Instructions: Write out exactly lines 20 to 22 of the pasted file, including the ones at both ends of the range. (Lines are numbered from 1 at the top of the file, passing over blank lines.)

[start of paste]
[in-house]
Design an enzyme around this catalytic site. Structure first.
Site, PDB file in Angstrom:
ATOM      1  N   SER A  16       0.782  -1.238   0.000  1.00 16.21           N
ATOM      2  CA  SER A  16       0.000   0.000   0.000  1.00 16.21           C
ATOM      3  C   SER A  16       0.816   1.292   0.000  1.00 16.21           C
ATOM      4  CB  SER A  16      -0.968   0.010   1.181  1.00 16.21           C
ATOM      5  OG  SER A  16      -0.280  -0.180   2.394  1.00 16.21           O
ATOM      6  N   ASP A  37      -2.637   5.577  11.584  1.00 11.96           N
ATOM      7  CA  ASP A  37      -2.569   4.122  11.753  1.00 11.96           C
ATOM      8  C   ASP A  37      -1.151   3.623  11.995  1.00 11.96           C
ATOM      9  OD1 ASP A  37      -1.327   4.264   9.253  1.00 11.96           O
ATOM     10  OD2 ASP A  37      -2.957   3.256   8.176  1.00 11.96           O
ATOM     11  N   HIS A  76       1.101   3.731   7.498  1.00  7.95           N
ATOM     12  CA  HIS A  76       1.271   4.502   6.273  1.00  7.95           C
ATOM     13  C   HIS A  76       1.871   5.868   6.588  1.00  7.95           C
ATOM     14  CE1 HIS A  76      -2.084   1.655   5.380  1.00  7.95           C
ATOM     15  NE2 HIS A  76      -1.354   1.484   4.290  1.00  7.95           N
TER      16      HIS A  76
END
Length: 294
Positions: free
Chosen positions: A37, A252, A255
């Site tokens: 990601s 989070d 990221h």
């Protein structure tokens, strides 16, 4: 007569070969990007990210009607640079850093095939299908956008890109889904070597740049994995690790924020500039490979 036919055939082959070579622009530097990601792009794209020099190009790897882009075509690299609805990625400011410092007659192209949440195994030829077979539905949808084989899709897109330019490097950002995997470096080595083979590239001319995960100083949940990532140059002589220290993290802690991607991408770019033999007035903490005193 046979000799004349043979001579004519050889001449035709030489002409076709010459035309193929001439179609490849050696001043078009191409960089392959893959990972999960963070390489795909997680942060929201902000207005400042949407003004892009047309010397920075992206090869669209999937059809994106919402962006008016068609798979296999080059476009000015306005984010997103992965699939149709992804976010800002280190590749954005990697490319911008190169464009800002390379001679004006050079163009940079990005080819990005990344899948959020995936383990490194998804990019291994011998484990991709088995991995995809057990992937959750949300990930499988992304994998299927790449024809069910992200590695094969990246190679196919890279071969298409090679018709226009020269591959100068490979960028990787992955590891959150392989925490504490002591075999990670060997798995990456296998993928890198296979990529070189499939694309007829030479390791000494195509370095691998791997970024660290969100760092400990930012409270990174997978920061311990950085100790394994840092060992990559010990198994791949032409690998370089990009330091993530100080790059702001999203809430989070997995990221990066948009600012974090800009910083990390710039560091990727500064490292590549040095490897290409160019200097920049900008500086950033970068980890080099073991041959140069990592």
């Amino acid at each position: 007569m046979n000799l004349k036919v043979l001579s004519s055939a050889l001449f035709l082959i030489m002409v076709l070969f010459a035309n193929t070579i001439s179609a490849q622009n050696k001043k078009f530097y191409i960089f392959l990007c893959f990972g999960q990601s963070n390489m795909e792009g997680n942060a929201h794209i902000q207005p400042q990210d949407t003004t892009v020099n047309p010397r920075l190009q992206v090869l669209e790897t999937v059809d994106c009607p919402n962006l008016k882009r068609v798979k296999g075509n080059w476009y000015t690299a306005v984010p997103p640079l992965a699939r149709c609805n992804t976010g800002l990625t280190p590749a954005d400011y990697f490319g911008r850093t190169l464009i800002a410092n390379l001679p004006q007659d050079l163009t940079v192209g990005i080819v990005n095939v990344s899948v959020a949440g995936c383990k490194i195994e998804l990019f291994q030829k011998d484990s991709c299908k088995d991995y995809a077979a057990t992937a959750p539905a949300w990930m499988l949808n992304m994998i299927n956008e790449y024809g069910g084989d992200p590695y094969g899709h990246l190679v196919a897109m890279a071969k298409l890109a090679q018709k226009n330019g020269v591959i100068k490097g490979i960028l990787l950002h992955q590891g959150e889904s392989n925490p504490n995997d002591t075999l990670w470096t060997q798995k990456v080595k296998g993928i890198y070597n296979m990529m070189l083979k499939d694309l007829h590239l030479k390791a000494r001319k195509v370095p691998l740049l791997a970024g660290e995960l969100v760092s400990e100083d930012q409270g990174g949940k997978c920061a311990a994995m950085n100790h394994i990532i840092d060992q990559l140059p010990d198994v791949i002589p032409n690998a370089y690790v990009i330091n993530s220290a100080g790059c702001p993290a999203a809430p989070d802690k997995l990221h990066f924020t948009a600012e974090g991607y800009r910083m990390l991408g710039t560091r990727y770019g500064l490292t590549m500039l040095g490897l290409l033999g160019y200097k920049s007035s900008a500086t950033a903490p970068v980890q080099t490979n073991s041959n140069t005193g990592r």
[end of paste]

END
Length: 294
Positions: free